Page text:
NEW YORK — New York City offered $1 billion in bonds for sale Monday to start paying for the aftermath of a terrorist attack Mayor Rudolph Giuliani branded “maniacal” during an address to the United Nations.
The short-term bond offering will pay for such things as debris removal and unemployment insurance for workers who have been put out of work by the World Trade Center collapse.
In a preliminary estimate last week, Senate aides said it would cost about $39 billion to clean up from the Sept. 11 attack and rebuild the city. Washington has pledged at least $20 billion.
House Speaker Dennis Hastert, following a tour Monday of the trade center ruins with 108 other members of Congress, said no one can know how much the recovery effort will cost. “We don’t know if that’s the iceberg or the tip of the iceberg,” Hastert said.
House Democratic leader Dick Gephardt, also on Monday’s tour, called the damage “incomprehensible.”
“It is the face of evil, and it’s hard to understand how people can hate other people as much as obviously has happened here,” he said.
As a drizzle fell in Central Park, 2,500 mourners gathered under tents at a private memorial for employees of Cantor Fitzgerald, a bond firm that lost about 700 employees at the trade center.
They clutched each other and wept as five people who lost their spouses addressed the crowd, along with the mayor and the firm’s chief executive, Howard Lutnick. Lutnick’s brother, Gary, was lost in the attack.
“In these past three weeks, we have felt more pain and sadness than I think collectively any of us had ever thought we could bear,” Lutnick said. “And I know that I speak for everyone here when I say we miss — oh boy, do we miss — our friends and family.”
Fire Department Chaplain Alfred Thompson said more bodies have been discovered in the past 2 1/2 days than in the previous 10. The movement of some larger beams in the wreckage has helped workers locate remains, he said.
“We’re finding a lot of stuff in there. ... It’s not a happy sight,” said construction worker John Yannucci.
He said crews were hampered by hot spots in the still-smoking ruins.
As of Monday, city officials said 5,219 people were missing in the terrorist attack, while 344 were confirmed dead and 289 dead were identified.
Giuliani said at the United Nations that the trade center was targeted because of the diversity of the city’s population and the openness of American society. Citizens of 80 nations are among the presumed victims, he said.
“On one side is democracy, the rule of law; on the other is tyranny, arbitrary execution and mass murder,” Giuliani said. “We’re right and they’re wrong. It’s as simple as that.”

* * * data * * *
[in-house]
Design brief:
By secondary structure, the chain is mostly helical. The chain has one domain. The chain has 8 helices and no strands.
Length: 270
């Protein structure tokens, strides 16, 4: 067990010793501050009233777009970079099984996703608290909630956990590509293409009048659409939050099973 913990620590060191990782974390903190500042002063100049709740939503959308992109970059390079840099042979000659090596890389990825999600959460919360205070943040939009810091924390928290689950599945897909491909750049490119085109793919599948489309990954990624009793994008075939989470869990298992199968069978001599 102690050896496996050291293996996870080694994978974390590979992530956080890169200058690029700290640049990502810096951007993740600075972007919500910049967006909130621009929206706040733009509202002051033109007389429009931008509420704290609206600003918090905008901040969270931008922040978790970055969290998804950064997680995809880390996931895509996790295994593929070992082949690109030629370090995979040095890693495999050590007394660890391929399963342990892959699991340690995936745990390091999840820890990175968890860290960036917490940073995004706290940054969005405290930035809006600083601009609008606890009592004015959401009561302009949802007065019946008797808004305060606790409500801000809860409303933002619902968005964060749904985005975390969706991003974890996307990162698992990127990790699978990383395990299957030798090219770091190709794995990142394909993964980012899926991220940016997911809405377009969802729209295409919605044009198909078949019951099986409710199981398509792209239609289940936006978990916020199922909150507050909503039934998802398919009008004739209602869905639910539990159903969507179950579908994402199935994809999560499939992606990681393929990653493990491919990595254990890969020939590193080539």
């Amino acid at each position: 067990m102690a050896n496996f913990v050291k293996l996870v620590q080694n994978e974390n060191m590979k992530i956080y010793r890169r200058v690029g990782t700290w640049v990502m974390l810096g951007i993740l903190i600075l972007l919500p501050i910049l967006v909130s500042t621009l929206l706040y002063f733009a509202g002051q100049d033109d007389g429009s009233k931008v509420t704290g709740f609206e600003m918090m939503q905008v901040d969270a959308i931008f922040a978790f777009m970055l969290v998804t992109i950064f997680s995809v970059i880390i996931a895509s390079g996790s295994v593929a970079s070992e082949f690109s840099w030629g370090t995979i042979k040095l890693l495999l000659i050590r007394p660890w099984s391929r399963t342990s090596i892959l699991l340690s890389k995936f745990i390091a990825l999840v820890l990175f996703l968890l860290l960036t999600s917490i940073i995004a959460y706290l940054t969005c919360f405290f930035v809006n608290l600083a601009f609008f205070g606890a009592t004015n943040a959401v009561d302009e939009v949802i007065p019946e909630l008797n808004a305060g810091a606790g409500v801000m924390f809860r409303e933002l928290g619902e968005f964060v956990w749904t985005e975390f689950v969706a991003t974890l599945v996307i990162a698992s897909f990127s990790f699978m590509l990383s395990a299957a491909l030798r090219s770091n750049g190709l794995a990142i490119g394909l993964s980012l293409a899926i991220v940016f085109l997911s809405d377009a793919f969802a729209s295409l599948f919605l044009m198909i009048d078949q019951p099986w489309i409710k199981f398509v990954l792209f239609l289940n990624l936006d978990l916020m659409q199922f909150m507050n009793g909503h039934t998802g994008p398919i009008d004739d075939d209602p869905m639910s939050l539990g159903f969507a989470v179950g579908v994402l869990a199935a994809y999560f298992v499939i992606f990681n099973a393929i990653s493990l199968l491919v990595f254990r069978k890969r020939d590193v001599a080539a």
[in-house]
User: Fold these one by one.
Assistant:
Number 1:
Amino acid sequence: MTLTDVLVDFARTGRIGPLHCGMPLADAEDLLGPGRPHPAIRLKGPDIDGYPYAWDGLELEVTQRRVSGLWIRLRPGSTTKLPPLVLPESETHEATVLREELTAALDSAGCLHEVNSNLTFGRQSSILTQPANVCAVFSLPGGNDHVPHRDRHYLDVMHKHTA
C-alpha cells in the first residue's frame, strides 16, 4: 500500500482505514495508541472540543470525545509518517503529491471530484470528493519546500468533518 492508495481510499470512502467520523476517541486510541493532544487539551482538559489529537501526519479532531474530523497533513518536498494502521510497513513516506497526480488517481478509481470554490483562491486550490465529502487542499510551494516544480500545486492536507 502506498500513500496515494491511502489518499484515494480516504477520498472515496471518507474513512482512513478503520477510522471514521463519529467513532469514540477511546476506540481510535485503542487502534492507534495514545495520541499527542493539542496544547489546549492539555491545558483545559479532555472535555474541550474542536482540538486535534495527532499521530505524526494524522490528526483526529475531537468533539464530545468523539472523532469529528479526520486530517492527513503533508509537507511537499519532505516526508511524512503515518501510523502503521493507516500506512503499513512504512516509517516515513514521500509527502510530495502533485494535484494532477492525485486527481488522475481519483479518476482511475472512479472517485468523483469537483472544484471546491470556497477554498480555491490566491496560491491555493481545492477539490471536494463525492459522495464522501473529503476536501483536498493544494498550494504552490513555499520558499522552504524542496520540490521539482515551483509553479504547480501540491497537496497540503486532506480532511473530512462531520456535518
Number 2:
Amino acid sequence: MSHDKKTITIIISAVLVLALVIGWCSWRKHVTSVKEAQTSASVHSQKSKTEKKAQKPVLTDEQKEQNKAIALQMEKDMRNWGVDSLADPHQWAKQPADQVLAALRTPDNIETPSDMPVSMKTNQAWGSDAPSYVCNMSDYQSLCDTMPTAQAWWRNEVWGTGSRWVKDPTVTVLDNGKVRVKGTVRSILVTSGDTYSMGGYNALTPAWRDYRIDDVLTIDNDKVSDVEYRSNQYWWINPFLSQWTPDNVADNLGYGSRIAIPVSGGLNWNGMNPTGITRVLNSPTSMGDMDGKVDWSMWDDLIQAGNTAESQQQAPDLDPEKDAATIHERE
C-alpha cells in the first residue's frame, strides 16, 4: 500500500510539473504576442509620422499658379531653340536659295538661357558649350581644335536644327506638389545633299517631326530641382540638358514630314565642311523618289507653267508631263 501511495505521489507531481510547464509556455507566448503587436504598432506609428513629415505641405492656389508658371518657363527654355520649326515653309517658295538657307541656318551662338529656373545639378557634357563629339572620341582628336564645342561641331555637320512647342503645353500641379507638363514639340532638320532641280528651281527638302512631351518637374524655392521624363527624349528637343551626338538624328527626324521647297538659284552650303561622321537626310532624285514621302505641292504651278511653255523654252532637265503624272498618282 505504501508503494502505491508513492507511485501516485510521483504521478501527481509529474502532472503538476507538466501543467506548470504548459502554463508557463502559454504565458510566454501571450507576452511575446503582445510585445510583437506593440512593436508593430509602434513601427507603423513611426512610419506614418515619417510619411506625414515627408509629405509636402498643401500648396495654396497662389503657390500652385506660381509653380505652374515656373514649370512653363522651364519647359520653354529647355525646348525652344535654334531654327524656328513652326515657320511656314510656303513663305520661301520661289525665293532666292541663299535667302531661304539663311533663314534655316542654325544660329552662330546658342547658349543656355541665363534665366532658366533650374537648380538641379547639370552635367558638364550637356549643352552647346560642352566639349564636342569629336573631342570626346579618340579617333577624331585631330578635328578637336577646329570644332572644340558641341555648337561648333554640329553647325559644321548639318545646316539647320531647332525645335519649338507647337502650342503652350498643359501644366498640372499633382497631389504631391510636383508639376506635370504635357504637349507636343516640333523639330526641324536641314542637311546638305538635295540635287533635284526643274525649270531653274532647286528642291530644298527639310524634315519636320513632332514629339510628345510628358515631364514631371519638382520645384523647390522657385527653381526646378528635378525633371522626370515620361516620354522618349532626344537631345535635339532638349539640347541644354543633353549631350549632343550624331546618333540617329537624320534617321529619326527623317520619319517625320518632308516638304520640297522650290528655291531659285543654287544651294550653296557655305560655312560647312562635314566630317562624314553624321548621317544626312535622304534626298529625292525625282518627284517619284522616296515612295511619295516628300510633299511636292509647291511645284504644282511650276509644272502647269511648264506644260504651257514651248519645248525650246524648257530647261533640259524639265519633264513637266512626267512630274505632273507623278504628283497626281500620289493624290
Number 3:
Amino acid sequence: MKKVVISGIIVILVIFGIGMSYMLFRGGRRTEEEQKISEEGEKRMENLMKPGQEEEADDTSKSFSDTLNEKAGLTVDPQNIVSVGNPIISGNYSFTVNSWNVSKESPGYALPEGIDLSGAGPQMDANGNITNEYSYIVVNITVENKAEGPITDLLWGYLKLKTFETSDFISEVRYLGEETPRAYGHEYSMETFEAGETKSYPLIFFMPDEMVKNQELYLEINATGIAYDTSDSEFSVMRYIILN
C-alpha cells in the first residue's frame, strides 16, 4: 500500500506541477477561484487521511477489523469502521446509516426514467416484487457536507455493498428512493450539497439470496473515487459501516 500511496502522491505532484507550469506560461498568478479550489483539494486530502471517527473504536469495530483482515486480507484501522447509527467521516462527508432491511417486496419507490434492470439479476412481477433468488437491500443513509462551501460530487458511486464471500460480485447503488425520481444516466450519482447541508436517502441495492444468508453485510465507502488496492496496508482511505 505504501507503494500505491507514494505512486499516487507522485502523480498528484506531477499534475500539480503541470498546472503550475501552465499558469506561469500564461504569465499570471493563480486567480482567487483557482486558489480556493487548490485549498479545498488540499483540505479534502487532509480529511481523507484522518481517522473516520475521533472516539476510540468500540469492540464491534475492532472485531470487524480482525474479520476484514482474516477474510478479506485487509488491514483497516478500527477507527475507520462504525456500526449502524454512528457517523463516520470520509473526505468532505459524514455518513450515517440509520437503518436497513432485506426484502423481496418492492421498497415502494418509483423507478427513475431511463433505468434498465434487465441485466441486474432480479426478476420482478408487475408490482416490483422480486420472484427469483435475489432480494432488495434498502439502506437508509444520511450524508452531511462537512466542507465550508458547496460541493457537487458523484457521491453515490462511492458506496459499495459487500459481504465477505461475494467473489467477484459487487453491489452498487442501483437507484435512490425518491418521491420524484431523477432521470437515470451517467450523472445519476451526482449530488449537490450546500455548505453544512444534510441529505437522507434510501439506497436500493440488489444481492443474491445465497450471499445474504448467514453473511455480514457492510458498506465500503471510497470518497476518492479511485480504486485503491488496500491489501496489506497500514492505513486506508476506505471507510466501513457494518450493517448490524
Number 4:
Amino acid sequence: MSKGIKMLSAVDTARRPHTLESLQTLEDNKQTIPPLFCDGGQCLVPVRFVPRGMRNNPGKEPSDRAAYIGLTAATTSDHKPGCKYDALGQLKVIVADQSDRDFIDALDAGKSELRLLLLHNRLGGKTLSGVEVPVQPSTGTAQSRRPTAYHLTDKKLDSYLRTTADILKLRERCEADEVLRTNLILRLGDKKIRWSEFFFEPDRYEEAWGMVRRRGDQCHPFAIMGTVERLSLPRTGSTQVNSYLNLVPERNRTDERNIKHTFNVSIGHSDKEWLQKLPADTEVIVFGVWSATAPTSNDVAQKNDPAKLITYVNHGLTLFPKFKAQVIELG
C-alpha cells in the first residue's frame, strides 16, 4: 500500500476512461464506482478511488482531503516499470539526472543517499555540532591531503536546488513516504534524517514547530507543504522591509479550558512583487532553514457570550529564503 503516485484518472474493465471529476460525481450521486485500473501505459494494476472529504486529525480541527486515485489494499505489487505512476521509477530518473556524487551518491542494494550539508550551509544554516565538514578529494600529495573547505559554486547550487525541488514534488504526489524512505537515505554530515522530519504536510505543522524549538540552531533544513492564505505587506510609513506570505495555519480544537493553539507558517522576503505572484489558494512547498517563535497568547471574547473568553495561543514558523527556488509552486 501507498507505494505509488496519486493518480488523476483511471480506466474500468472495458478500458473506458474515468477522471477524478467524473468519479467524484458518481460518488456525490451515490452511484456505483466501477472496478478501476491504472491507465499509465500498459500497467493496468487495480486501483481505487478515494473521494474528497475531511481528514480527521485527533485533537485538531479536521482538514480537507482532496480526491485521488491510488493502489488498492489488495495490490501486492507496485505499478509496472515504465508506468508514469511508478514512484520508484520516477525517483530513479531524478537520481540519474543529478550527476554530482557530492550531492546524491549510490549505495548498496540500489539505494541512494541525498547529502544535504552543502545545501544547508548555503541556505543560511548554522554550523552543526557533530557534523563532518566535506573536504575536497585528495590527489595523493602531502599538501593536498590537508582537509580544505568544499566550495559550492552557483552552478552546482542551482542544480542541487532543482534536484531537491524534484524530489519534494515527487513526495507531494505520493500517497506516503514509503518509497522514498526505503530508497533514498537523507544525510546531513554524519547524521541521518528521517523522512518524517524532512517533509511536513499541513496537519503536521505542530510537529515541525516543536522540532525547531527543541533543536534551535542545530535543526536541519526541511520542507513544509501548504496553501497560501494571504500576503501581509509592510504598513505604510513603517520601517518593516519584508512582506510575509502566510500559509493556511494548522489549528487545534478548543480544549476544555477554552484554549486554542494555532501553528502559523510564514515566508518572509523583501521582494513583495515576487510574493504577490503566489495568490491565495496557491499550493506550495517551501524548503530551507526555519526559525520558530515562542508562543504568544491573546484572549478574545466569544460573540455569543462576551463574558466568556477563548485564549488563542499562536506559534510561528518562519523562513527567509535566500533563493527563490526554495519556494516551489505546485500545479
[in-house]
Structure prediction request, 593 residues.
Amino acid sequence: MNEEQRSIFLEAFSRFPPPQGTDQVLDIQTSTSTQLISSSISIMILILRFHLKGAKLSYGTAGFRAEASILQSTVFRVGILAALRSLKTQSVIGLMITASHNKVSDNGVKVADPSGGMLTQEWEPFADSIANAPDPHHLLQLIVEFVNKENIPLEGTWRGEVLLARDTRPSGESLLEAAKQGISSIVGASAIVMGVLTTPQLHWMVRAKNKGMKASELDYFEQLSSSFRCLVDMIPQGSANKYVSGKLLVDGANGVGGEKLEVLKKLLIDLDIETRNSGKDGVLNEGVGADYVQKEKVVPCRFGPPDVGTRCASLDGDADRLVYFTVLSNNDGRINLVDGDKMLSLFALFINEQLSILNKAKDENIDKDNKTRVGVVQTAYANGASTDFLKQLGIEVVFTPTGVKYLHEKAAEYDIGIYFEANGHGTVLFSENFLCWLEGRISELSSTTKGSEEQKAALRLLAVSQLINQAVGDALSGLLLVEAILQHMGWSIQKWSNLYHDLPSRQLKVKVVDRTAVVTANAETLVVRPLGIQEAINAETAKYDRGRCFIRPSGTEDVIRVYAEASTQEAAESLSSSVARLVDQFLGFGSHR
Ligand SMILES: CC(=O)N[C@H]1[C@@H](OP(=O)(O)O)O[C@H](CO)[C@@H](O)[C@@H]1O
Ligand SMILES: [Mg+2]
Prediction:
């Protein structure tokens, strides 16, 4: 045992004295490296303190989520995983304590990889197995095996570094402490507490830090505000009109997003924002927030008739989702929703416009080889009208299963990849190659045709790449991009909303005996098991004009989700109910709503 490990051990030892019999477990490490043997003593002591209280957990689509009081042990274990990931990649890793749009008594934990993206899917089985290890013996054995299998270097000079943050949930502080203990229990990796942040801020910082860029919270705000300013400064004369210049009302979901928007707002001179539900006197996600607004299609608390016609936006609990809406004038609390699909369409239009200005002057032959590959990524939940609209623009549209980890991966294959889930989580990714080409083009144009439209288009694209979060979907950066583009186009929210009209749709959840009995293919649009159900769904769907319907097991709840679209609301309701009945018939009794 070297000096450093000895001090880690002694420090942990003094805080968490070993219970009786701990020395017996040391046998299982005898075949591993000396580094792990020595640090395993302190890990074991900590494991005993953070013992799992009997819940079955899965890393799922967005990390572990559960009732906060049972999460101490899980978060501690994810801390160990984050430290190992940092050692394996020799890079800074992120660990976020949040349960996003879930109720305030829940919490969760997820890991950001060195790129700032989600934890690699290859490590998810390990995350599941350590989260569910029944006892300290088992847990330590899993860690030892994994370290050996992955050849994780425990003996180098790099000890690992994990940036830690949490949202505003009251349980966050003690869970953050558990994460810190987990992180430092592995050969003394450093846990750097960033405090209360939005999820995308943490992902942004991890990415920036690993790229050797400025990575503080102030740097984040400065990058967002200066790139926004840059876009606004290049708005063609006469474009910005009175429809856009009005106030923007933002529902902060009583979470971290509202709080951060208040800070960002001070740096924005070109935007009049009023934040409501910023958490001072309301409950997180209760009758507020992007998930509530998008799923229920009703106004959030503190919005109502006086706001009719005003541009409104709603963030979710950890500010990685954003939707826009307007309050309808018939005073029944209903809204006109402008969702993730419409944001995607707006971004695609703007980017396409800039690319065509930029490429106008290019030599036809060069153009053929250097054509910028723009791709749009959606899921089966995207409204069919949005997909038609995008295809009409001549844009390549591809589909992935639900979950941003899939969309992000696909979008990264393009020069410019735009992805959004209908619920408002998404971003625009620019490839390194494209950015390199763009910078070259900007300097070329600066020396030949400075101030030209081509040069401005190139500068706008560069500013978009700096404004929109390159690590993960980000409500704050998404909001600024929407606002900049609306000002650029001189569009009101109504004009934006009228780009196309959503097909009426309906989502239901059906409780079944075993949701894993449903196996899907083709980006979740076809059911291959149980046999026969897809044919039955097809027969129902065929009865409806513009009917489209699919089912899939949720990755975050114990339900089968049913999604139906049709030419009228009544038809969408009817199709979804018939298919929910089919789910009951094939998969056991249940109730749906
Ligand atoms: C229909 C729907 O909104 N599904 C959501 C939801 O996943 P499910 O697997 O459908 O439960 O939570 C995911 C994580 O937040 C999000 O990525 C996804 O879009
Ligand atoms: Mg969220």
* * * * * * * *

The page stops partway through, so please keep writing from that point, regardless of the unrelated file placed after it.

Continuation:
He said the terrorists’ reasons were “insane, maniacal.”
Giuliani said it would be a “very nice, symbolic gesture” for people to buy bonds in his city’s time of need.
Investors buying the city’s bonds face low risk because New York has been guaranteed federal relief money, said Robert Kurtter, an analyst at Moody’s Investors Service.
“They’ll sell like hot cakes,” said Jay F. Donnaruma, an investment analyst with Paine Webber.
Since the one-year bonds are exempt from city, state and federal taxes, their yield will be comparable to or better than certificates of deposits available through banks, Donnaruma said.
On Wednesday, President Bush will make his second trip to New York since Sept. 11. He has been concerned about the effects of the attack on children and plans to visit a school, spokesman Ari Fleischer said.
The director of the Federal Emergency Management Agency, Joe Allbaugh, said he would also visit the city to address “quite a few problems” with the cleanup effort. He did not explain what they were.
“This is going to take months — it’s going to take three to four months just to get to the ground level,” Allbaugh said. “This is going to be better than a year to resolve this debris problem at the site.”
Gov. George Pataki said he would dispatch more than 300 National Guardsmen to New York state airports starting Friday. Bush last week called on all states to use the Guard to provide additional security at airports.
Students at the Borough of Manhattan Community College, about four blocks from the trade center, returned to their school for the first time since Sept. 11. The college was not heavily damaged but had been taken over by as many as 2,000 rescue workers.
Rush-hour traffic was moderate Monday morning as commuters entering Manhattan faced the same restrictions that were tested Thursday and Friday. Mandatory carpooling was in effect at bridges and tunnels heading into lower and midtown Manhattan from 6 a.m. to noon.
Trains and buses were crowded, but not unusually so, city transit spokesman Al O’Leary said.